"Do you think there is a spoon inside of you that stirs everything you eat?" Lucy asks. Tall in the booster seat, her wide-set eyes blink-blink in the rearview mirror.
"No, I think your stomach just sort of squishes it all together." I press on the break. We ease like a sigh up to the corner. I squint into the sun, the heavy air orange with dust particulate. I swing wide; we zip off.
"I want to marry someone from Africa," she announces. She stares out the passenger window. Her eyes follow oncoming traffic, a blue four-door, a yellow jeep, another white suburban.
"Why is that?"
""Cause, I know they are not in our family." We pass under a grid of power lines, enormous gray turrets laced together over wheat fields now stubble. "And maybe one of them is named Craig. And maybe I will change my name to Bethany. And then there will be two Craig and Bethanys." She nods her head, wrinkles her chin and forehead in tandem. "Yeah."
I watch her mimic the grown-up tilt of her head. "You're sweet, Lucy."
The wheat fields pendulate by, snarled yellow, radiant brown, more golden stubble, then blooming soil.
"Why does it look like we are lost?" she chirps. "I better eat a piece of chocolate. I don't think I can finish all this chocolate."
She chatters. We glide along. Broad strokes of turns swoop like wings. Silence idles and purrs.
"Do you think there is little bones in your lips?" she says.
"No. Do you?"
"Yeah," she nods, does that dip of chin, "'cause God put bones all over our body." Blink-blink, those wide-set eyes.
Open fields wind into the trellis grid of shops and stores, street lights, a symphony of traffic. I clatter over a curb and park mostly straight.
"Come on." I lug her door open, the wind a gambol across our faces, tendrils of hair blown every direction at once.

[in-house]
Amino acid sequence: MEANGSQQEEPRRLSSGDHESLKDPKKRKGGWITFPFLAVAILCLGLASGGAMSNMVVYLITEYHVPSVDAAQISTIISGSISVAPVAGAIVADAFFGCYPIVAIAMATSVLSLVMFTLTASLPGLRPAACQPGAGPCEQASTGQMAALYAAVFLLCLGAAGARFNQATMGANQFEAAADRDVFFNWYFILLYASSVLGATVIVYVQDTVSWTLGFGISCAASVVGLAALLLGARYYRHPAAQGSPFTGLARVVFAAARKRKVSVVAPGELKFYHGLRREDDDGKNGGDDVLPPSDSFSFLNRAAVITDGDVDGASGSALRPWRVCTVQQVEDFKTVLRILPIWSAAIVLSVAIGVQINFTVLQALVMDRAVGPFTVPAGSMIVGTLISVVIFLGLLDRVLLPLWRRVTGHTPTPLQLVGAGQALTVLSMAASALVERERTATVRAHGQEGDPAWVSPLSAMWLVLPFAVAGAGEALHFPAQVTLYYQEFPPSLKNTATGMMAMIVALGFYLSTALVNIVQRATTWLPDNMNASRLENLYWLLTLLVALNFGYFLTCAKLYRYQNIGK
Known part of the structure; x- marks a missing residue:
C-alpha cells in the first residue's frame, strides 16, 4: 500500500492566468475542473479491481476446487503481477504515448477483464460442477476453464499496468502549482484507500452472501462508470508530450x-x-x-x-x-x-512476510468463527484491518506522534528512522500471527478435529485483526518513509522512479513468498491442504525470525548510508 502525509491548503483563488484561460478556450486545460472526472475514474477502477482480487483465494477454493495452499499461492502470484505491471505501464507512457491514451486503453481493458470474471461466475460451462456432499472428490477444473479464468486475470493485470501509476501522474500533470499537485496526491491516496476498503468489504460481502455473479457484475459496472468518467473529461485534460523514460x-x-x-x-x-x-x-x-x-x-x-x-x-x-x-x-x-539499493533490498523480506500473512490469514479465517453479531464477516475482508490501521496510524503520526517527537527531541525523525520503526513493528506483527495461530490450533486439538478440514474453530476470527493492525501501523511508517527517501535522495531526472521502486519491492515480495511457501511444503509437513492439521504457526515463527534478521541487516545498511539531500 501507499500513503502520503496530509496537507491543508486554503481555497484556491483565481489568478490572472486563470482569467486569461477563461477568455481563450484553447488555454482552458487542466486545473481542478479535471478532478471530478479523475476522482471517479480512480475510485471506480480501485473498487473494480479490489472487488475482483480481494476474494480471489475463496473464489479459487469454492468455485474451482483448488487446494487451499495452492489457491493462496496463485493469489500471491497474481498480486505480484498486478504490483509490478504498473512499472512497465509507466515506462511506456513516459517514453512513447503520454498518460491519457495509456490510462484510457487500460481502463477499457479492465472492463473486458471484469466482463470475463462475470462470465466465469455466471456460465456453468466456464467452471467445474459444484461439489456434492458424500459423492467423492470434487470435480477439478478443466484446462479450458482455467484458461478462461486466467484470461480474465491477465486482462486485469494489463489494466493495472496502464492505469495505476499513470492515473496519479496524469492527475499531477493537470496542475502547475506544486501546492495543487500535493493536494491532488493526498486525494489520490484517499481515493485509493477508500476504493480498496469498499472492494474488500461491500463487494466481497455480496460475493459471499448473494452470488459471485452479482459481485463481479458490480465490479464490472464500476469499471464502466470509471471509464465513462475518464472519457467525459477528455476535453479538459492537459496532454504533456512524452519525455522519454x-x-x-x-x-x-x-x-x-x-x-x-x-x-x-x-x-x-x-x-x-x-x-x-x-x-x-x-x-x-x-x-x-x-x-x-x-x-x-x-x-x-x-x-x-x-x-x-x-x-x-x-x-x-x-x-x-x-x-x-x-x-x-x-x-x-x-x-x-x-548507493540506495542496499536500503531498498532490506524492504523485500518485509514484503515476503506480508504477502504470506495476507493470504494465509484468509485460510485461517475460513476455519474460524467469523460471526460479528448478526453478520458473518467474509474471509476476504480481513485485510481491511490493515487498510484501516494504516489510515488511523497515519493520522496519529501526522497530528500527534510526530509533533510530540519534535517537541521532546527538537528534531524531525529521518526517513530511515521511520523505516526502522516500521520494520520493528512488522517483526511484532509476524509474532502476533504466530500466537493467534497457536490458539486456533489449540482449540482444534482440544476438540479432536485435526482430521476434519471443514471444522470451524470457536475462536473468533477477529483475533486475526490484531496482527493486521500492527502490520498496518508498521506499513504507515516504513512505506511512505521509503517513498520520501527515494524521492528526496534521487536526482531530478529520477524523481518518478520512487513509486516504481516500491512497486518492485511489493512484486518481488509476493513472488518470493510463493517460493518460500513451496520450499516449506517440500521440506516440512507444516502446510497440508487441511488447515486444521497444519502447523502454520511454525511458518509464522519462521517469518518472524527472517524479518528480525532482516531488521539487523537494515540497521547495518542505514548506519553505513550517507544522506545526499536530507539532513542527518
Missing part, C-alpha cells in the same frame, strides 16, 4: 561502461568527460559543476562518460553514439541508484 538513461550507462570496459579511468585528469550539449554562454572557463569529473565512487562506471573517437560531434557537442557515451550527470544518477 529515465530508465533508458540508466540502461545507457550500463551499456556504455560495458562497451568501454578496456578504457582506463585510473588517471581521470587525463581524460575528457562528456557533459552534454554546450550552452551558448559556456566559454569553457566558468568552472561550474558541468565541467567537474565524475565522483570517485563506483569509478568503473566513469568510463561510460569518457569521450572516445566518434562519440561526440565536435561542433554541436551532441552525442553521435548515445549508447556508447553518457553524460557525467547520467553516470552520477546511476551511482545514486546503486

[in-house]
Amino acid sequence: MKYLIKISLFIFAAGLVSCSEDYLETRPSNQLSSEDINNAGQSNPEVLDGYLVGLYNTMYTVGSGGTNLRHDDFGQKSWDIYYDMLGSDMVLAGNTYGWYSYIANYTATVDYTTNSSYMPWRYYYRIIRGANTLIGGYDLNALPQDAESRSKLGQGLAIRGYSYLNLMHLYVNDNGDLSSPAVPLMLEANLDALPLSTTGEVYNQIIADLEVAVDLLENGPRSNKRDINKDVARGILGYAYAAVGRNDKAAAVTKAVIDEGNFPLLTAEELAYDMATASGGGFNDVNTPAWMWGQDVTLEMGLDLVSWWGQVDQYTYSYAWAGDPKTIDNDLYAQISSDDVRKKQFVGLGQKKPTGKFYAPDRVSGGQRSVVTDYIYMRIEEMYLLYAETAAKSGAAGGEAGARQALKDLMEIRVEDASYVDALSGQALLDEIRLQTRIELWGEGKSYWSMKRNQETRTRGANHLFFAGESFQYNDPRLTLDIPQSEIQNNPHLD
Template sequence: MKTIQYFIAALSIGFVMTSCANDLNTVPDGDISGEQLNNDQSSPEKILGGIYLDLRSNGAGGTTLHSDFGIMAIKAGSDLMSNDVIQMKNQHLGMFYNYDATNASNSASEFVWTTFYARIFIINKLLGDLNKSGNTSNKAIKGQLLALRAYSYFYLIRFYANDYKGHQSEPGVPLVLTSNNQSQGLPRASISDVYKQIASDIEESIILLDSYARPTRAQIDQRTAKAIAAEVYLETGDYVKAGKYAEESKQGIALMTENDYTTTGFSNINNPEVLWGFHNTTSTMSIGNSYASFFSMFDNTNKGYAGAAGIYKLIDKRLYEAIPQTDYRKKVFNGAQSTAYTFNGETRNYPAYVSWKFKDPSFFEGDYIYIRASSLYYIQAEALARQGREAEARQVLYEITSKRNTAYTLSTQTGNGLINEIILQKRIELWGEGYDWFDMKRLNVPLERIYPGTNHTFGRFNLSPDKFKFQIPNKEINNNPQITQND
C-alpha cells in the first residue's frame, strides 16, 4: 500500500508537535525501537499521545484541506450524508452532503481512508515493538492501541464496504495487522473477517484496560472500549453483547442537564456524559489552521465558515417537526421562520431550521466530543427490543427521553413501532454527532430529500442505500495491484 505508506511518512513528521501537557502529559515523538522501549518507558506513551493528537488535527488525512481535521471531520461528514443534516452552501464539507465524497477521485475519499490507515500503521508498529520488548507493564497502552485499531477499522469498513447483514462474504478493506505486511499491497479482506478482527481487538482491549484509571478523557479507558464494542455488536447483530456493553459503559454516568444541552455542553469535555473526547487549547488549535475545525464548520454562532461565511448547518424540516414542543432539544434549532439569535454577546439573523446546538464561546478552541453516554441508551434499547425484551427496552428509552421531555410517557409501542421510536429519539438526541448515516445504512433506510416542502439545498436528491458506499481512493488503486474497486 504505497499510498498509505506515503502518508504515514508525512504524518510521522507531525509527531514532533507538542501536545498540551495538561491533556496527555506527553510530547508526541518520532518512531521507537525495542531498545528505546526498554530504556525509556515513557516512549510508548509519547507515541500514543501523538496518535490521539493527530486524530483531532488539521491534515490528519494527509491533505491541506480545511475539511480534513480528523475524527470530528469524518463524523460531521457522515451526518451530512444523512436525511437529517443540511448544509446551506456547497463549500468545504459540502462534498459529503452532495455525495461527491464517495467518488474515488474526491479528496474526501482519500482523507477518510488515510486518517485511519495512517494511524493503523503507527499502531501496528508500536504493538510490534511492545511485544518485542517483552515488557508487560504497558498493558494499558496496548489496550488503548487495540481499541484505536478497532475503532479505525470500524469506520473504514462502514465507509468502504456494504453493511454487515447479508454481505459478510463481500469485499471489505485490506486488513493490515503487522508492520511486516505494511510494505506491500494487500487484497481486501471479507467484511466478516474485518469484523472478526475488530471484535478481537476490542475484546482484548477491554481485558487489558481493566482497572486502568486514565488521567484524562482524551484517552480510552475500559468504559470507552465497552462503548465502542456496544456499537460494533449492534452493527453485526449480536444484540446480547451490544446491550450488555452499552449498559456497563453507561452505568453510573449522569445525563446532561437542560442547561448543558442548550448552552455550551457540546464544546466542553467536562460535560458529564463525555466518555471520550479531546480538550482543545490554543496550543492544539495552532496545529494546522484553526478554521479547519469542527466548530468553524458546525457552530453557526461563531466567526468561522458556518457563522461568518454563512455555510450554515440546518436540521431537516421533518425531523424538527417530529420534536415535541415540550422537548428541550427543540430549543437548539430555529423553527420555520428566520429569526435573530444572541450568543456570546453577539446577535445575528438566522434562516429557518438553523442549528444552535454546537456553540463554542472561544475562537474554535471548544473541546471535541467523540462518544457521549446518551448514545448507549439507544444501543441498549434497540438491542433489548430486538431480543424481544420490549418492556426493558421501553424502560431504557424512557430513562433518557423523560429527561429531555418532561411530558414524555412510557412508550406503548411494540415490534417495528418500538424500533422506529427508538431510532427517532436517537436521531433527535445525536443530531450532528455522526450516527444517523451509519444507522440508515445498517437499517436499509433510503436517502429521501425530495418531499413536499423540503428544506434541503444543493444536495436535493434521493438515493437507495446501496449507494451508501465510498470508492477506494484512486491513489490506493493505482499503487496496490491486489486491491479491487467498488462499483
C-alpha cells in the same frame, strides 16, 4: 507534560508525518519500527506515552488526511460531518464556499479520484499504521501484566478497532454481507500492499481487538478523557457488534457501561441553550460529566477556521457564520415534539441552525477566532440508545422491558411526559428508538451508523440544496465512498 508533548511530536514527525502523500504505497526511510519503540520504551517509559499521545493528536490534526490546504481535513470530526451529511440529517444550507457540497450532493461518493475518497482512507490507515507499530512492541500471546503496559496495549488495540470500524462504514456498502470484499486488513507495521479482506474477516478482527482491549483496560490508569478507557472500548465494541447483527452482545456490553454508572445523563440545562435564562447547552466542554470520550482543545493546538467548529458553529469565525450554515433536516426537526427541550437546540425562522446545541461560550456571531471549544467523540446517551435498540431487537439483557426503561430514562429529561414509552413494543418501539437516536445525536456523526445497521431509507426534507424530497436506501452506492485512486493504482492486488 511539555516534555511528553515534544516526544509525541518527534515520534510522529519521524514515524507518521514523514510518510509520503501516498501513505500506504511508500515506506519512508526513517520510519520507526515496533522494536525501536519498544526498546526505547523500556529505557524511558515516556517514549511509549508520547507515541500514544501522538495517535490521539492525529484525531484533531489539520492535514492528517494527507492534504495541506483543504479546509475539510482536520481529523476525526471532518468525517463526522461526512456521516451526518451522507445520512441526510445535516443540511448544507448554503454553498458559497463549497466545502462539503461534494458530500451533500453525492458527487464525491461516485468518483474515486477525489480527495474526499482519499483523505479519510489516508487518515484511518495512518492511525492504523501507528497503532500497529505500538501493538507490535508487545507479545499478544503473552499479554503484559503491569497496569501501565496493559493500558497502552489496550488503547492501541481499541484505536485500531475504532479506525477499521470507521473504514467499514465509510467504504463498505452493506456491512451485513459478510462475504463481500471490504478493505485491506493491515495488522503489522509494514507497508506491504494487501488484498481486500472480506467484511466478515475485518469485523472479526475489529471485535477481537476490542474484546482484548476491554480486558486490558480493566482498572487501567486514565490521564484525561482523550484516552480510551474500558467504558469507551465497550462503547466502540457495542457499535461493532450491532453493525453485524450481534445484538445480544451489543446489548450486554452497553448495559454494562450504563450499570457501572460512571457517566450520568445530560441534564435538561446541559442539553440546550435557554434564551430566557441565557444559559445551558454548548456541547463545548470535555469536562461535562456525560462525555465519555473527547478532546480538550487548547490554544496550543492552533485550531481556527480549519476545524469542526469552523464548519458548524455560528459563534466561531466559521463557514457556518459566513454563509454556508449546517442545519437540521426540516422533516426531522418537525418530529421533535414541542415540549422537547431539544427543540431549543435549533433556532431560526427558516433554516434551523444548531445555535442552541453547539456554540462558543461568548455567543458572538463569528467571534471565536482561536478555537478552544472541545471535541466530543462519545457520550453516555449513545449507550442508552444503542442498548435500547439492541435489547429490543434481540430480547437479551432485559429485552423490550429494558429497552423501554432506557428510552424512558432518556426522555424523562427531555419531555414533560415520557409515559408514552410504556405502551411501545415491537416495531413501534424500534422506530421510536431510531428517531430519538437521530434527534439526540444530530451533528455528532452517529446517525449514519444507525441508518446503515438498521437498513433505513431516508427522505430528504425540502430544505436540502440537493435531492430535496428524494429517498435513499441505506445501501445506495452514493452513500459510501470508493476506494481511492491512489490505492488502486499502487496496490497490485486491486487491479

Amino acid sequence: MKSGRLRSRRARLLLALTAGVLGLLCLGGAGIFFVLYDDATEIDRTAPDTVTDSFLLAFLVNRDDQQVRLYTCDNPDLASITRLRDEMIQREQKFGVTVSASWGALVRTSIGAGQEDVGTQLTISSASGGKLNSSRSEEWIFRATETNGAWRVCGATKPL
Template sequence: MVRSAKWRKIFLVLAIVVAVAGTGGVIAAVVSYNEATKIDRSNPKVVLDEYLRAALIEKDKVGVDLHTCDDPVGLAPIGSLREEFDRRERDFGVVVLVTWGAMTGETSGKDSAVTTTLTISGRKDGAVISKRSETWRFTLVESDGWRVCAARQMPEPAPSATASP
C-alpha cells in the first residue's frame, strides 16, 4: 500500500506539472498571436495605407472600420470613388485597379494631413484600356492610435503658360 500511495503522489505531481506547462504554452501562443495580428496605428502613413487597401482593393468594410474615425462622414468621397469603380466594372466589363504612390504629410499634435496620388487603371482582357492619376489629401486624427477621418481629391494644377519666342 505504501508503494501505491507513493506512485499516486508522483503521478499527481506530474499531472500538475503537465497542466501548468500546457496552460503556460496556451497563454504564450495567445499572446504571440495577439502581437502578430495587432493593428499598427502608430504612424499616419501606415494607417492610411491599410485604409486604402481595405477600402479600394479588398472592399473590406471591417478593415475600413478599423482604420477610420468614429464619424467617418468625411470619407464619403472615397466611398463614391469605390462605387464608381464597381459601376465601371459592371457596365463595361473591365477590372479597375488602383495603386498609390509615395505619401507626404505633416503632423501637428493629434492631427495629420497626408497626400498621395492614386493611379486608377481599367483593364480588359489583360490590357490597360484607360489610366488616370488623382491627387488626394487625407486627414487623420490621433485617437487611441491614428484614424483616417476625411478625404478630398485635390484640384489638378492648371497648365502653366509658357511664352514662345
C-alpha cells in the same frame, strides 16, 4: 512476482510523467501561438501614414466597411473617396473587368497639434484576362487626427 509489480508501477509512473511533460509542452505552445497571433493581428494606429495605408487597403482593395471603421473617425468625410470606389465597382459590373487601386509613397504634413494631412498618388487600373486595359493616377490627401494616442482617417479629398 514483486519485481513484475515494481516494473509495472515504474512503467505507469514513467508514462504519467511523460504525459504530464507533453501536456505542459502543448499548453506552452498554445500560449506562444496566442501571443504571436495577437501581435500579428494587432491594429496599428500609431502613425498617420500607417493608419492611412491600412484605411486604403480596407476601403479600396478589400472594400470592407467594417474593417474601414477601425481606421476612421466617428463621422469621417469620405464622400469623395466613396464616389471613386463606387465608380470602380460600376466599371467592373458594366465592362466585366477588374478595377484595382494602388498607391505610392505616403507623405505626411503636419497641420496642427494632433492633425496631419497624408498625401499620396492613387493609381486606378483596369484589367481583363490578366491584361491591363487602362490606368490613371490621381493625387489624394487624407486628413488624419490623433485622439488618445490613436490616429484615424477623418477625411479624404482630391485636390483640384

"I know how to make a baby," she blurts while I unbuckle her seatbelt. "You have to take a little of the mommy and a little of the daddy." She slides onto the footboard, hops down. "So if the daddy is dead, you can't have another baby."
"Here, let's hold hands." And then we skip, hand in hand, tra-la-la, the snap of the wind rosy on our cheeks: to the baby store.
I unwrap each baby. She vacillates dollies from hand to hand, pats their back sides, squeezes their heads, flops them over her shoulder.
"Ooo, this one is really cute. I like this one."
I reassemble the packaging. We pay for baby, climb in the car.
"Do you think her name should be Violet?" her voice soft like a kiss. "How 'bout we call her Lu, little baby Lu." As we trace the roads home, I memorize the soft unfolding of her voice. "It's Lu Anna. And her very last name is Little Baby."
Lu Anna Little Baby. Silence settles, a down comforter of a hush tucked up under our chins.
She buckles her baby into Joey's carseat, and we rest, love tucked up under our chins.
3637. Rosie blogs about our photo shoot.
3638. Furnace fixed.
3639. Chimney swept.
3640.We continue reading Corrie ten Boom and stumble across: How should a Christian act when evil was in power? "Just keep persevering," Jane says. "If I die, I die. And if I don't die, I don't die," Jack says. "That's so true," Janie adds, "the only safe place is to be where God wants you."
3641. "The people who built the tower of Babel," Janie says, "were trying to say: I'm gonna disobey You and still get to live with You."